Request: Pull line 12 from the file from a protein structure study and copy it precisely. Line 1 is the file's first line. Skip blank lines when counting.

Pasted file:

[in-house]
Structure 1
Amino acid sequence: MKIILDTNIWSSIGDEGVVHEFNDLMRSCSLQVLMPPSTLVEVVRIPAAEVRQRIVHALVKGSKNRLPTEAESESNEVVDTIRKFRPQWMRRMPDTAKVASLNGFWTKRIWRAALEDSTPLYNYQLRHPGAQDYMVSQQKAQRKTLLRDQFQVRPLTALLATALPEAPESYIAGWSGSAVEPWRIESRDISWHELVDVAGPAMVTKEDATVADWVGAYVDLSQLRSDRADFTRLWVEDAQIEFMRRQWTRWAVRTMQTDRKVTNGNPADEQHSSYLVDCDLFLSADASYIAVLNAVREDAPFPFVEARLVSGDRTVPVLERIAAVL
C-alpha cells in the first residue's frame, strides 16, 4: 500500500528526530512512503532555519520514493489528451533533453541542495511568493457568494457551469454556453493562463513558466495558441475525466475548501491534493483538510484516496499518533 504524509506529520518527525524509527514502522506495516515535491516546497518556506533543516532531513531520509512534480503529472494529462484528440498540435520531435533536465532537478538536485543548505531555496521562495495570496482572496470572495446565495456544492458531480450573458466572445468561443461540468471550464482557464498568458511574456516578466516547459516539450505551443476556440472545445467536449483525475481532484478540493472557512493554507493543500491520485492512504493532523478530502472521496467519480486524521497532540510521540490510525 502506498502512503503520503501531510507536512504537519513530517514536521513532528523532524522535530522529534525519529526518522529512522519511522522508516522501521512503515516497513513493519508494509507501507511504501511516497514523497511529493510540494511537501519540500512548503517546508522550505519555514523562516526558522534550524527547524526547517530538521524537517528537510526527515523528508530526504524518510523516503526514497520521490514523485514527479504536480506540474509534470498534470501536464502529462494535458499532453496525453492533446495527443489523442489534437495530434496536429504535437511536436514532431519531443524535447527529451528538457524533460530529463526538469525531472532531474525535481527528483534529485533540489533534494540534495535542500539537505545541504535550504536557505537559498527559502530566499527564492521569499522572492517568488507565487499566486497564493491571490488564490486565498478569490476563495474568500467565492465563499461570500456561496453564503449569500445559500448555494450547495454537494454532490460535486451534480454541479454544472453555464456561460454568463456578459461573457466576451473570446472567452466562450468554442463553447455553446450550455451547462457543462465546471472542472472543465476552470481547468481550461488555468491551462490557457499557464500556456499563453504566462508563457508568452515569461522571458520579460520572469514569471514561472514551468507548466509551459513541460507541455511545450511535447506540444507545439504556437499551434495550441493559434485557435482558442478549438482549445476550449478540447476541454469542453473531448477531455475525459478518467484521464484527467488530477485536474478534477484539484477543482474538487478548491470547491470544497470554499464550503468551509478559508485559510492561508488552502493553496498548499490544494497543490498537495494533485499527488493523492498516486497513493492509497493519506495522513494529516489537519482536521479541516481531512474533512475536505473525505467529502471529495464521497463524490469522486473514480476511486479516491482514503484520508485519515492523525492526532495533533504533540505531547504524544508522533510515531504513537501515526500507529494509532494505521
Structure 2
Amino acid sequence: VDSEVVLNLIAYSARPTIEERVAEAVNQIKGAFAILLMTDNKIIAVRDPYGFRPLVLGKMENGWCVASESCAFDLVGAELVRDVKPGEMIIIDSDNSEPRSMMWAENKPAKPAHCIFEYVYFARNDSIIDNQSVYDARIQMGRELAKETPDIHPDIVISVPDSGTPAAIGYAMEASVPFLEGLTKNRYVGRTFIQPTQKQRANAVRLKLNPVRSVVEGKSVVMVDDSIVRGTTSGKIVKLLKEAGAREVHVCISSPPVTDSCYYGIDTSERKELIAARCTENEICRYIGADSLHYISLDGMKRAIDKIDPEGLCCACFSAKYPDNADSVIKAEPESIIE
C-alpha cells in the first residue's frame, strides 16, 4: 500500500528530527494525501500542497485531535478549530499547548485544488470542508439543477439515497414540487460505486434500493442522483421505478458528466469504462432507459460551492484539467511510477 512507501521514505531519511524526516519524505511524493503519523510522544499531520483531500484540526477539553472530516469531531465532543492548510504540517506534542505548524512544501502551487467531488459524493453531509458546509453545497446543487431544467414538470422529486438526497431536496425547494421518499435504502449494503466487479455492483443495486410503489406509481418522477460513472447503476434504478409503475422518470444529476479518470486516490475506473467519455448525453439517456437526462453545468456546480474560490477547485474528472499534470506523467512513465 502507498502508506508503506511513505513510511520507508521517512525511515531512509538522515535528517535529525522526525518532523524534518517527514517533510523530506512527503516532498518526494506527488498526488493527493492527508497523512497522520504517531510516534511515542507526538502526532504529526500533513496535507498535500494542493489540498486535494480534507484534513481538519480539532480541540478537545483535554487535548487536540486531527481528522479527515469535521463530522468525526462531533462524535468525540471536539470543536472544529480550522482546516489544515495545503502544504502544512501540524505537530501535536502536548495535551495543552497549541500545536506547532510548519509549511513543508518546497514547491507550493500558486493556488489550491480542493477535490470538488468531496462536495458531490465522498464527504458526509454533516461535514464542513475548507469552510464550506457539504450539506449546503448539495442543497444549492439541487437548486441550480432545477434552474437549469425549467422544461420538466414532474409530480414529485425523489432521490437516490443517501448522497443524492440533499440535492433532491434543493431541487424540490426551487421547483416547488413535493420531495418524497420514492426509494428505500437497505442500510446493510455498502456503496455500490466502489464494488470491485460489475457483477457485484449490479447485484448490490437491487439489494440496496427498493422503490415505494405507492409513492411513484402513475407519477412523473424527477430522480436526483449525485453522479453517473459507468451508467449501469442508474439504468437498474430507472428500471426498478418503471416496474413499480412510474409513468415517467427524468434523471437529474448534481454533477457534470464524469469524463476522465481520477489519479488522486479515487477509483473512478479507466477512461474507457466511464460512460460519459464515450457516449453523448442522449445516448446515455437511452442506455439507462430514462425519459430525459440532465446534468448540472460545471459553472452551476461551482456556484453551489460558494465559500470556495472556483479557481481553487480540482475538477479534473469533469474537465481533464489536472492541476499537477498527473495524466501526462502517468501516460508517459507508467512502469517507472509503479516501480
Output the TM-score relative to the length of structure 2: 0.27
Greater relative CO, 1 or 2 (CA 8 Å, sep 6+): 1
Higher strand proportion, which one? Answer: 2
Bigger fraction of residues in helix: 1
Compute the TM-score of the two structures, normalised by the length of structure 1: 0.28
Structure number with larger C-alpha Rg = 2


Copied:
Compute the TM-score of the two structures, normalised by the length of structure 1: 0.28